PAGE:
But I do have a real concern that women particularly are such an easy flashpoint for this kind of class warfare. It's not only in the audience for this show that you see a kind of glee at the misfortune of formerly successful women, of course. This summer's incarceration of Lindsay Lohan comes to mind, for example, as another occasion where people seemed barely able to contain their pleasure that she was being cut back down to size. That schadenfreude was almost entirely absent, for example, from Robert Downey Jr.'s similar meltdowns years back.

It's true that the Real Housewives women often behave like parodies of late 2000s capitalism, minus any kind of brand-building-savvy. It's also true that we are not living in a time where the kind of wealth these people have feels particularly attainable to anyone, and their lack of recognition of that fact is often grating. On the other hand, no one's producing or watching, "The Real Investment Bankers and CEOs of Tribeca," even though it's those rich men whose shenanigans have led most directly to making the rest of us poorer and less employed and more uncertain than we were two years ago. (And who, I'd argue, probably have interpersonal petty beefs and bizarre spending habits that would make just as great television as their wives', if only they'd just let us film them, but that's neither here nor there.)

 See, the problem with the sexism in this instance is more than just the general wrongness of it, of course. It's that it feels like it's being wielded as a distraction, as a shield for the people who have actually done the bad things here. Fascinated though I am by LuAnn de Lesseps' insistence that the "help" shouldn't refer to her by her first name, her classist snobbery is a symptom of the widening gap between the rich and the poor. It's not a cause. And the thing I think you have to do, if you really do care about how bad things are, is refuse to be distracted by the things that are put in front of you to get mad about. You have to keep shoving them aside, and looking behind them. You have to, to use a Real Housewives metaphor, flip that table right over.

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5 Comments Have Been Posted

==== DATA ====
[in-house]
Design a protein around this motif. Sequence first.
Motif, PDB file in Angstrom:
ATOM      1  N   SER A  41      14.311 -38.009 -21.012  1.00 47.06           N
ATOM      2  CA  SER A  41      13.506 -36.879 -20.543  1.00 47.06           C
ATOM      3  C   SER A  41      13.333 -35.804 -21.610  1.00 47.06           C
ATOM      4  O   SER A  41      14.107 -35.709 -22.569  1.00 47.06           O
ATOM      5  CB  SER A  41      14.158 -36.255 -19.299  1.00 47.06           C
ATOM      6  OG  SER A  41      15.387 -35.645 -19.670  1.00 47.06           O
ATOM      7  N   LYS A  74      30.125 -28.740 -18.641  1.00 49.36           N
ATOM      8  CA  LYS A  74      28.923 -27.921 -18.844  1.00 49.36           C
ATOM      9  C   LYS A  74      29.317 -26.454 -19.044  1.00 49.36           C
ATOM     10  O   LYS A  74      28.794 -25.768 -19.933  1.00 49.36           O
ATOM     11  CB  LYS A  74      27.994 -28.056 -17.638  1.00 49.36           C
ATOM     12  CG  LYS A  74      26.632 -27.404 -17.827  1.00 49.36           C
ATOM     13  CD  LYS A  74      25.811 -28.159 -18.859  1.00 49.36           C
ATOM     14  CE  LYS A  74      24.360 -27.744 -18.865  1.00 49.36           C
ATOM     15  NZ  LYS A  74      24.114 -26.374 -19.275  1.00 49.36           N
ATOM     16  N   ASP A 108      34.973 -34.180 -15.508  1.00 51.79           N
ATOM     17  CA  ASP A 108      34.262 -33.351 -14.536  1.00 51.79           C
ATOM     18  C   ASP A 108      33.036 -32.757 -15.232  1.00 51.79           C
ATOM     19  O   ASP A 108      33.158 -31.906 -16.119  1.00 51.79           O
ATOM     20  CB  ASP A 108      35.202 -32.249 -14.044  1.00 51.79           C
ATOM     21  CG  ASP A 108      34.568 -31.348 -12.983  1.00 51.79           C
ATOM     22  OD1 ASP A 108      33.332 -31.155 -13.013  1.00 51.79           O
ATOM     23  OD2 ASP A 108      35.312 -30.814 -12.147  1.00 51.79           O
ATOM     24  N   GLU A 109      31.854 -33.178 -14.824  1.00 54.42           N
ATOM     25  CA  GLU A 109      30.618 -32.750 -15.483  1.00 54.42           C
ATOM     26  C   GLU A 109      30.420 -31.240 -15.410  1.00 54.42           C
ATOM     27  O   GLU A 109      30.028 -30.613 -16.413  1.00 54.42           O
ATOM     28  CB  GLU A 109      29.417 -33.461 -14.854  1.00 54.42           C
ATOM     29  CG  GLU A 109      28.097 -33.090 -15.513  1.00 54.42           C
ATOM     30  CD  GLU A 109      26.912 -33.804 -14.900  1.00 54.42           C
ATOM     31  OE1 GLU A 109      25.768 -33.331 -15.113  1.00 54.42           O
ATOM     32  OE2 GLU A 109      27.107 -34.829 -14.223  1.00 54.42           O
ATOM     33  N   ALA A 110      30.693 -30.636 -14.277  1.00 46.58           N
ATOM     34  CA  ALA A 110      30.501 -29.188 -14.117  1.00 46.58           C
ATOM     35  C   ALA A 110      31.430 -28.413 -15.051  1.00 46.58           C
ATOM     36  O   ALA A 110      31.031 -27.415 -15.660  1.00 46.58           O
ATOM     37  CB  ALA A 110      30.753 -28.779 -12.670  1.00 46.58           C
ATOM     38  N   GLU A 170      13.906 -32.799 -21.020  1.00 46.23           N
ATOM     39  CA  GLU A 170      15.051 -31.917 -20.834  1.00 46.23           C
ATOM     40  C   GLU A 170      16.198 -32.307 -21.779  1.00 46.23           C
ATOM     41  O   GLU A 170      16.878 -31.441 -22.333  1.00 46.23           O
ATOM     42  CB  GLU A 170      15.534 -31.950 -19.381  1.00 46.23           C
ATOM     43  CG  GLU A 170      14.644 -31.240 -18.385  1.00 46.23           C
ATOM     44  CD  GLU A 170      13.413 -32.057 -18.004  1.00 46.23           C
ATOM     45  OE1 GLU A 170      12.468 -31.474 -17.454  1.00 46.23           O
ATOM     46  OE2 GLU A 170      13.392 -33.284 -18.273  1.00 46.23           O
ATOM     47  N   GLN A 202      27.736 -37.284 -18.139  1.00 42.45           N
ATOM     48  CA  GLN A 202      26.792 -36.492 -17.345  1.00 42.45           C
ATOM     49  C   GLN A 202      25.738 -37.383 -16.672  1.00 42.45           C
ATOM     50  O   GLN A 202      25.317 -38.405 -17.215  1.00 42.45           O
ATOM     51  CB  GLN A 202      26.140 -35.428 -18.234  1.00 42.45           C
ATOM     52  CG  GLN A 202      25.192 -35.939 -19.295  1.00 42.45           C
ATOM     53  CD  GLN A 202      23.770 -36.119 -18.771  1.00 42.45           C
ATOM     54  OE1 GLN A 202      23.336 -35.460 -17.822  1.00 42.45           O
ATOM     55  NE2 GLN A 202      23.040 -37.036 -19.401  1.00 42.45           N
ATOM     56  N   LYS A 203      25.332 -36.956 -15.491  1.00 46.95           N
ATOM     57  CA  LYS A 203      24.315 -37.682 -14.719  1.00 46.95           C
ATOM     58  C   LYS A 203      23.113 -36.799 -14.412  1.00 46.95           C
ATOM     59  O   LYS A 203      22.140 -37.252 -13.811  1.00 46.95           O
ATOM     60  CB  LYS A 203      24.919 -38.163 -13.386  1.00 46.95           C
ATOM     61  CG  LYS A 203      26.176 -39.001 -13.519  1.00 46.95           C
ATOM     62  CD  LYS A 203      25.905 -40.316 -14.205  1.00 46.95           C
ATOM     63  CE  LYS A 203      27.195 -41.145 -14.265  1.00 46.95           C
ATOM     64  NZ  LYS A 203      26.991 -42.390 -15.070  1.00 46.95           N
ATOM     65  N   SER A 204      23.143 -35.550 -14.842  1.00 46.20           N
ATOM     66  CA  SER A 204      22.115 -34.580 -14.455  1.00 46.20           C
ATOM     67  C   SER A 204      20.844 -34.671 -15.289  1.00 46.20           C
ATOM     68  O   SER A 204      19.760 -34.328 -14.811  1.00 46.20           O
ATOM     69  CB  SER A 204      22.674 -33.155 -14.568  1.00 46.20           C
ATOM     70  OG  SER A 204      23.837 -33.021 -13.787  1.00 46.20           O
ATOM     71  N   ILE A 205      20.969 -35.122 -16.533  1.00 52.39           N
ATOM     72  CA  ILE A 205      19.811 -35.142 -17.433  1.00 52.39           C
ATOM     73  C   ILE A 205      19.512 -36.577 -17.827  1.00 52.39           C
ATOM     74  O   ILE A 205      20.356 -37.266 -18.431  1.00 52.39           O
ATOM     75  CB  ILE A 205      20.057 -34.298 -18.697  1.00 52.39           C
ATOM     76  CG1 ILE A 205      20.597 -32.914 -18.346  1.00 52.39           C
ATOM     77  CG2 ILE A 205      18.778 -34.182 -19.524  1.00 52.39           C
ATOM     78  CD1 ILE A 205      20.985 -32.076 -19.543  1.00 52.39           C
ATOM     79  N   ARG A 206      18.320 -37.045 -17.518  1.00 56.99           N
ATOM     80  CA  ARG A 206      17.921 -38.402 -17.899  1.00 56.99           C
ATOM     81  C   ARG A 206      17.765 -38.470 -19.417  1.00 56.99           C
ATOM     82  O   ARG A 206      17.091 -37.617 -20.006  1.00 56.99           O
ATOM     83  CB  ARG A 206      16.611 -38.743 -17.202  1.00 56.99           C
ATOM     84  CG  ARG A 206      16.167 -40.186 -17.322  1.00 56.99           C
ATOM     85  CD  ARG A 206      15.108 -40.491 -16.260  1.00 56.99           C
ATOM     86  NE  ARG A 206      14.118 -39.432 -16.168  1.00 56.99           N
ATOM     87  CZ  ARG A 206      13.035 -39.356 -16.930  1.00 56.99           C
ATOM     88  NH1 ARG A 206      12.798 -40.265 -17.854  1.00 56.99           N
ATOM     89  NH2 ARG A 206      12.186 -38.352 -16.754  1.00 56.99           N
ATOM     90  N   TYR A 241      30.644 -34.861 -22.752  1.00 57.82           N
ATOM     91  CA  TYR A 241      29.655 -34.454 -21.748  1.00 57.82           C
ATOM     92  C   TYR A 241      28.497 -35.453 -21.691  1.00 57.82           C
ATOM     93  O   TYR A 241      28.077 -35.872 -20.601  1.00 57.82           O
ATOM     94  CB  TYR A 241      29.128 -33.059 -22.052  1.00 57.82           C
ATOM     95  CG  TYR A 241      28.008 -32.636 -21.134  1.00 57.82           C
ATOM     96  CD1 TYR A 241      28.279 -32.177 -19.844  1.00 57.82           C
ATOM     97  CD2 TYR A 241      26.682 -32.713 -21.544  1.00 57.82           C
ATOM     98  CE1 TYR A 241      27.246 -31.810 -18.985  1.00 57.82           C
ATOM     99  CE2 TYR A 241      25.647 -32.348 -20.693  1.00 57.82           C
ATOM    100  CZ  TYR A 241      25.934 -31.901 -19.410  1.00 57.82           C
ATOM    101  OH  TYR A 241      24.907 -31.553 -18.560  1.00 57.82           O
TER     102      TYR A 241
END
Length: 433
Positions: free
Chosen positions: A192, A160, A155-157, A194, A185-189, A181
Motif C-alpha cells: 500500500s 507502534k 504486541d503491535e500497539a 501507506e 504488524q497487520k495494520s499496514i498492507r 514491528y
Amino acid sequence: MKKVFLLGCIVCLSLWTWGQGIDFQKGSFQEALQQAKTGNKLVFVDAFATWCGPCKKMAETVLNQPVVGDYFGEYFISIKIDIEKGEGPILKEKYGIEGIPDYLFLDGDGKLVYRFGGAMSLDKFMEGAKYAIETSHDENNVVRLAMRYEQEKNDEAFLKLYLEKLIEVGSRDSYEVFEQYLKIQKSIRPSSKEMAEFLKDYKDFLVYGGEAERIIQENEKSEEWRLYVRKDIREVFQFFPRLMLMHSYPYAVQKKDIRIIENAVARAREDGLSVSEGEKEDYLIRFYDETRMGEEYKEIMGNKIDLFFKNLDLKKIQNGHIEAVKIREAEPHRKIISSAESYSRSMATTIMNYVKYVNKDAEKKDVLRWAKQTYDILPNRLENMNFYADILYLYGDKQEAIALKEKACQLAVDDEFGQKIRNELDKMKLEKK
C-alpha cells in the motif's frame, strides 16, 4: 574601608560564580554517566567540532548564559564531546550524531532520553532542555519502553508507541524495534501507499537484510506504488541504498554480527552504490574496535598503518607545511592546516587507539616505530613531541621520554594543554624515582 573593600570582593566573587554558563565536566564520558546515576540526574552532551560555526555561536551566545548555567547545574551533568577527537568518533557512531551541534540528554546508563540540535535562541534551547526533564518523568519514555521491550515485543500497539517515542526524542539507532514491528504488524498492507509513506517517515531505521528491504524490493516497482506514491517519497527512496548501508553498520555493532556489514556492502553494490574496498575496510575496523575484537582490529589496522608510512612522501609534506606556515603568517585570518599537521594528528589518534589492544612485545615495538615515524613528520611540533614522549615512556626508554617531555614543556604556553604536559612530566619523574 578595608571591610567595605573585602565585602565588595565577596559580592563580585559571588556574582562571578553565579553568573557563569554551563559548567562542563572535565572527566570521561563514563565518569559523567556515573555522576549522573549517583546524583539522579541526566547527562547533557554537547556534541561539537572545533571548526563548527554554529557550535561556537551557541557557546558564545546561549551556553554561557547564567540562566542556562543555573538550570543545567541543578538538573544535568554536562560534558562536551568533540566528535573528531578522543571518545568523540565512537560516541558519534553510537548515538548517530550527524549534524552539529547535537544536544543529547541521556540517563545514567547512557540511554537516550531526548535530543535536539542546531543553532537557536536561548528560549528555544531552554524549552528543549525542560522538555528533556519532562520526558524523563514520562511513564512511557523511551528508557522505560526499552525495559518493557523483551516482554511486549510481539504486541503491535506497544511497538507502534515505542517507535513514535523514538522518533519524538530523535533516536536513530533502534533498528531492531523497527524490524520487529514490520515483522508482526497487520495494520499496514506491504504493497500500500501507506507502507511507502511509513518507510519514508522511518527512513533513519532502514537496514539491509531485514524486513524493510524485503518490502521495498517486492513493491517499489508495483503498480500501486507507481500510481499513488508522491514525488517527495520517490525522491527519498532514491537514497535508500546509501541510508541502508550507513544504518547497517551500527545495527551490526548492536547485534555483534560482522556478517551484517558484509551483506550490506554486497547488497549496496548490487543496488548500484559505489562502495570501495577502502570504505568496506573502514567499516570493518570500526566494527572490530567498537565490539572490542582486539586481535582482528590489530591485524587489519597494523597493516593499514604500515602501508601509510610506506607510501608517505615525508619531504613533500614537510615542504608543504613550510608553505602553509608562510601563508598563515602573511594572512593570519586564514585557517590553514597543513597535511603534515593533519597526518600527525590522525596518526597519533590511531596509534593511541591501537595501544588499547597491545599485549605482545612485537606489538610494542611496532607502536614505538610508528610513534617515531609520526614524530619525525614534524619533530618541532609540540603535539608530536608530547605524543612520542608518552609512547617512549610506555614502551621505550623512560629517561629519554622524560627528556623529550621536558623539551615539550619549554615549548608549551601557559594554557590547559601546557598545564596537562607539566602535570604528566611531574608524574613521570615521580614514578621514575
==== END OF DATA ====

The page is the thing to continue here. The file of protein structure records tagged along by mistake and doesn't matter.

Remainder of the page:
Made me think of how the

Made me think of how the media handled the Martha Stewart thing while bigger fish got nowhere near the attention she did. Have to say though, although I hate to admit it, I do watch, mostly the New Jersey version, and I assume that it is mostly women watching. So, if I am correct in my assumption, then it is the group the distraction is aimed at that has made those shows so successful.

Welcome back, Michelle!

I loved your first Tube Tied series and am continually impressed by your work at The Awl. Good to see you!
(Unfortunately, I have nothing to add to the <i>Real Housewives</i> discussion; I've never seen it.)

I haven't watched any shows

I haven't watched any shows in the RH franchise, but I am curious about how the way race and class inform how the women's behavior is perceived. It seems like the ATL version had no more catfights than Orange County, yet I seem to hear more about the ATL catfights than the OC's. I loved your Tube Tied series and glad you're back!!!
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My kinda of Show

I'd watch "The Real Investment Bankers and CEOs of Tribeca"

Unfortunately I've never

Unfortunately I've never watched the Atlanta version, which is, to my knowledge, still the <em>only</em> one that actually features women of colour. That is, unless you count the nanny, Rosa, at the de Lesseps' in the New York version.

That said, race is obviously going to inflect the discussion, particularly because the show might be seen to cater to stereotypes about black women and their interpsonal dynamics. But again it's hard to speak about it.

Class will affect things too, but it's interesting in this context. If we were still living in the age of Wharton and Henry James, the rich people who populate the Housewives shows would be referred to as <em>nouveau riche</em>, for sure. (In fact, one of the things I used to hear in New York from my limited connections to old New York money was the scoff that these people weren't "real socialites.") So class here isn't just a matter of the number on your bank account balance. Although at a certain point we're just splitting rich people's hairs there, I guess.